CAMBRIDGE, Mass. (December 19, 2019)—Today, the Federal Energy Regulatory Commission (FERC) voted in favor of a proposal made by grid operator PJM that will increase electricity costs for customers across 13 states who get their power from that grid. Estimates range from between $2 to 8 billion per year in additional costs.
The federal commission’s decision, nearly two years in the making, will tilt the market away from low-carbon sources to favor fossil fuel providers and effectively nullify state actions to decarbonize electricity.
The new policy, which applies to PJM’s capacity market, will require customers to pay extra for electricity generated by plants that are at risk of retiring—primarily coal plants—that are not necessary to meet electricity demand. Meanwhile, energy suppliers that receive support from state clean energy policies, mainly existing nuclear power plants and new wind and solar sources, will be required to charge more for the electricity they provide, making them less competitive.
“Federal regulators today have sided with PJM to effectively nullify state laws by excluding power plants meeting state policies from federal markets,” said Mike Jacobs, senior energy analyst at the Union of Concerned Scientists (UCS). “By agreeing to this proposal, FERC is not indifferent to state policies that address carbon emissions—they are actively attacking them.”
The grid operator PJM offered convoluted reasoning for its proposal when it was presented to FERC, describing how it would treat some subsidies in the capacity markets—namely state incentives for clean energy—as “market interference,” while not addressing the more prevalent subsidies that are primarily reserved for older and dirtier plants.
“PJM is pretending there aren’t subsidies in the markets they run, but the irony is they’re everywhere,” said Jacobs, noting that fossil fuel generation sources that receive financial benefits from being in the capacity market are still allowed under the new rule to receive cost recovery support through state public utility commissions. “Now, FERC is rounding up the usual suspects—wind and solar power—but are ignoring the obvious ones under their nose.”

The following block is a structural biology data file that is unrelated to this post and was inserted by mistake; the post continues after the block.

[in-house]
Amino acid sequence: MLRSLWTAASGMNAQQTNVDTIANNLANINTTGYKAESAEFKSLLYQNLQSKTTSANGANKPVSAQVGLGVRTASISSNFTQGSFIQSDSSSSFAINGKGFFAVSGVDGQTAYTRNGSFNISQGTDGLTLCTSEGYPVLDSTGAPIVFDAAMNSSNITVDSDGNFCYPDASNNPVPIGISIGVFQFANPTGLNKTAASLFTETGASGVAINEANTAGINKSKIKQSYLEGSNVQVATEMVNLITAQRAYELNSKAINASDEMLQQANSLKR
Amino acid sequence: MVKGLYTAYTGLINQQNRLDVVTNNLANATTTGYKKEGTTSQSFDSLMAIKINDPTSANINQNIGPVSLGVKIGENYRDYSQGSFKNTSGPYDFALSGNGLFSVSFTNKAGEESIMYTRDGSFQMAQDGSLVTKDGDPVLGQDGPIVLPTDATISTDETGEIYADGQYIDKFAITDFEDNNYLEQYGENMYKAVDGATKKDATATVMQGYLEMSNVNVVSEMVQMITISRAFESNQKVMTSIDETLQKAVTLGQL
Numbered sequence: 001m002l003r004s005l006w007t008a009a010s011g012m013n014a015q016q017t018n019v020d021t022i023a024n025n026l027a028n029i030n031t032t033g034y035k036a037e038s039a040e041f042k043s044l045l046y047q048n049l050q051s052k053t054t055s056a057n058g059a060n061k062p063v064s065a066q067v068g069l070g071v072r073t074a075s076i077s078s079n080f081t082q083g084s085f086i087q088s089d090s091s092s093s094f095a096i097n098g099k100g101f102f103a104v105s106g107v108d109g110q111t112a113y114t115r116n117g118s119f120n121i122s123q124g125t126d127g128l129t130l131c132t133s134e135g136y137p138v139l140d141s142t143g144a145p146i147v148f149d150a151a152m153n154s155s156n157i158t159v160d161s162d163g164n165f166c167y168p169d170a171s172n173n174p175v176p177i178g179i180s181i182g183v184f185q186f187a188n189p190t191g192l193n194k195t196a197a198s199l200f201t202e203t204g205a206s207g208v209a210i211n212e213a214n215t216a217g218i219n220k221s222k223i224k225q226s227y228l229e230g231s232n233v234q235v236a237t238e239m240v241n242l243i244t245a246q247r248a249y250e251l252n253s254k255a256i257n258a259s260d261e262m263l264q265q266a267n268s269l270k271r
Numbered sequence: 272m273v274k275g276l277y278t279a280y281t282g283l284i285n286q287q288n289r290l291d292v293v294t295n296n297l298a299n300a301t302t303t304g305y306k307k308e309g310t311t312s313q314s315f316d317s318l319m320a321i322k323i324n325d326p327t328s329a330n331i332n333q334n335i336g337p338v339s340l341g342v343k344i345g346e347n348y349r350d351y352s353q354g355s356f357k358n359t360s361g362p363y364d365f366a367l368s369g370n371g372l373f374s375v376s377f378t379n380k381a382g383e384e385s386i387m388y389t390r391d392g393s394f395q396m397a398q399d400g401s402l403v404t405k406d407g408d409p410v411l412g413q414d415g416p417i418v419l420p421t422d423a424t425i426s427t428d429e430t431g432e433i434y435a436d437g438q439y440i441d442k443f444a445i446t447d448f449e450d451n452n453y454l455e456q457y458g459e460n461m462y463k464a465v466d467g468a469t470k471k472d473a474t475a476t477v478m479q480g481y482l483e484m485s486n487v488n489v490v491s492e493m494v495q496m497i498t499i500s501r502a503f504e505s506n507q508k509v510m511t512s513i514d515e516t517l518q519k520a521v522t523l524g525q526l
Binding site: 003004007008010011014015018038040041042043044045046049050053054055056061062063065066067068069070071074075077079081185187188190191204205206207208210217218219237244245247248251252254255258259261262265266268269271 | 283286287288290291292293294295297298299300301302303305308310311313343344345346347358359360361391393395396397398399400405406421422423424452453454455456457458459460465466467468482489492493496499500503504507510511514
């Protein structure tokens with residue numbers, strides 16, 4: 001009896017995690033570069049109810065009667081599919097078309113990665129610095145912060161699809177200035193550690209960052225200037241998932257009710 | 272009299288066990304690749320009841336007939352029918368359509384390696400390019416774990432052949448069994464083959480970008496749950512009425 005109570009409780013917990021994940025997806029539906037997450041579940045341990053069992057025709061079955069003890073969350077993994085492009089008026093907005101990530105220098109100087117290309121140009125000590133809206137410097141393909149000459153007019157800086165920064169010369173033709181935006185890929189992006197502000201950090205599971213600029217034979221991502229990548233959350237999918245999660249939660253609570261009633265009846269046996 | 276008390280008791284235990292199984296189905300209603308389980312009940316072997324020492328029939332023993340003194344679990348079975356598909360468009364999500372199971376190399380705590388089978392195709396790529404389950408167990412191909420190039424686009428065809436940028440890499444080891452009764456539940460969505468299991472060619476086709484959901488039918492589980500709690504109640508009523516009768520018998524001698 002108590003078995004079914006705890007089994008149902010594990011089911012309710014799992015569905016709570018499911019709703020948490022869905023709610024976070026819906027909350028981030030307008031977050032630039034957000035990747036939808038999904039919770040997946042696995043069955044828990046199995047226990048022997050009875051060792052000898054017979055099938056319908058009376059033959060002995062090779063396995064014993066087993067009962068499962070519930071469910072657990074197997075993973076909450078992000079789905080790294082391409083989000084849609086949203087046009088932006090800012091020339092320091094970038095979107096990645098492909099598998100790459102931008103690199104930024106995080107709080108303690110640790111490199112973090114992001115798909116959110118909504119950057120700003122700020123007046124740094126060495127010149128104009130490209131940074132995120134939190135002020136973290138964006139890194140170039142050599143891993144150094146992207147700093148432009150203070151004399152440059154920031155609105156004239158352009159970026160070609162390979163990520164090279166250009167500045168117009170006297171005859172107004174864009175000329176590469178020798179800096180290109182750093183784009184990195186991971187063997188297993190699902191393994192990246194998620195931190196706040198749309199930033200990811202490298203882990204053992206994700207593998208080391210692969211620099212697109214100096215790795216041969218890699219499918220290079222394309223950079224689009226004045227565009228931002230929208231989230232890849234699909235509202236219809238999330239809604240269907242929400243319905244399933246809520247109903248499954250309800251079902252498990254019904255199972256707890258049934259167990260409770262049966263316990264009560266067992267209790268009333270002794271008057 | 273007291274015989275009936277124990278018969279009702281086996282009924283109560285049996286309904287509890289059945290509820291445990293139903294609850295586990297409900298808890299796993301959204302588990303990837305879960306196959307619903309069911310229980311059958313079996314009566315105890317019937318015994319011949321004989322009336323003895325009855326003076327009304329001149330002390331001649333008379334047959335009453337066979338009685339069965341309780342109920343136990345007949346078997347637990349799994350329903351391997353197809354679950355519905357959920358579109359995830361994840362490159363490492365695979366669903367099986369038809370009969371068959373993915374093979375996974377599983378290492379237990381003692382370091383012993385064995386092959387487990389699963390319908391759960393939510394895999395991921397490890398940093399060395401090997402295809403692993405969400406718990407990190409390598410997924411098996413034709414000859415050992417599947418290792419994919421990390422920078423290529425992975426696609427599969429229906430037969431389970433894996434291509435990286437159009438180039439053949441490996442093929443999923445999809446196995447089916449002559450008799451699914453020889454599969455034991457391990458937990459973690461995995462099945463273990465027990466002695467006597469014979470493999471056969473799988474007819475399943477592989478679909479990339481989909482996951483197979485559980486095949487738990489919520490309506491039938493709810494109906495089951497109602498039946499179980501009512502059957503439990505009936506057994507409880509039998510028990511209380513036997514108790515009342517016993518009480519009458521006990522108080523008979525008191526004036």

Many states have taken steps to decarbonize their electricity through renewable portfolio standards (RPS) and financial support for nuclear power. Every state on PJM’s grid has an RPS, a nuclear zero emission credit program, or a state cost recovery policy in place.
Under the rule approved today, many power plants supported by those policies will be stripped out of PJM’s capacity market, which provides a designated revenue stream to generating resources to ensure that the demand for electricity can be met at all times. With existing nuclear plants and future renewable sources needed for state requirements removed from PJM’s count, PJM will require customers who receive electricity on its grid to pay for more coal and gas plants.
Today’s decision deepens tensions over whether the federal government or state governments have jurisdiction over certain power supply issues. Caught in the tug of war are places like Virginia, where utilities recover costs through rates set by state utility commissions, and Illinois, which is pursuing clean energy policies.
As long as Northern Illinois continues to rely on PJM to account for plant reserves, for example, Illinois electric customers could pay an extra $864 million or more a year for their electricity. “PJM and federal regulators seem poised to strip away Illinois’s autonomy to chart its own low-carbon future,” said Jessica Collinsworth, lead Midwest energy policy analyst at the UCS office in Chicago, which is served by the PJM grid. “Who will suffer the most from this decision are the thousands of Illinois residents who will now be forced to subsidize fossil fuel sources we neither want nor need.”
The federal commission’s decision offers little solace for most the public in the PJM capacity market. “States served by PJM may require utilities to produce a certain amount of clean energy, but this decision means a lot of it won’t get on the grid. FERC just made it harder for renewables to compete in the capacity market,” said Jacobs.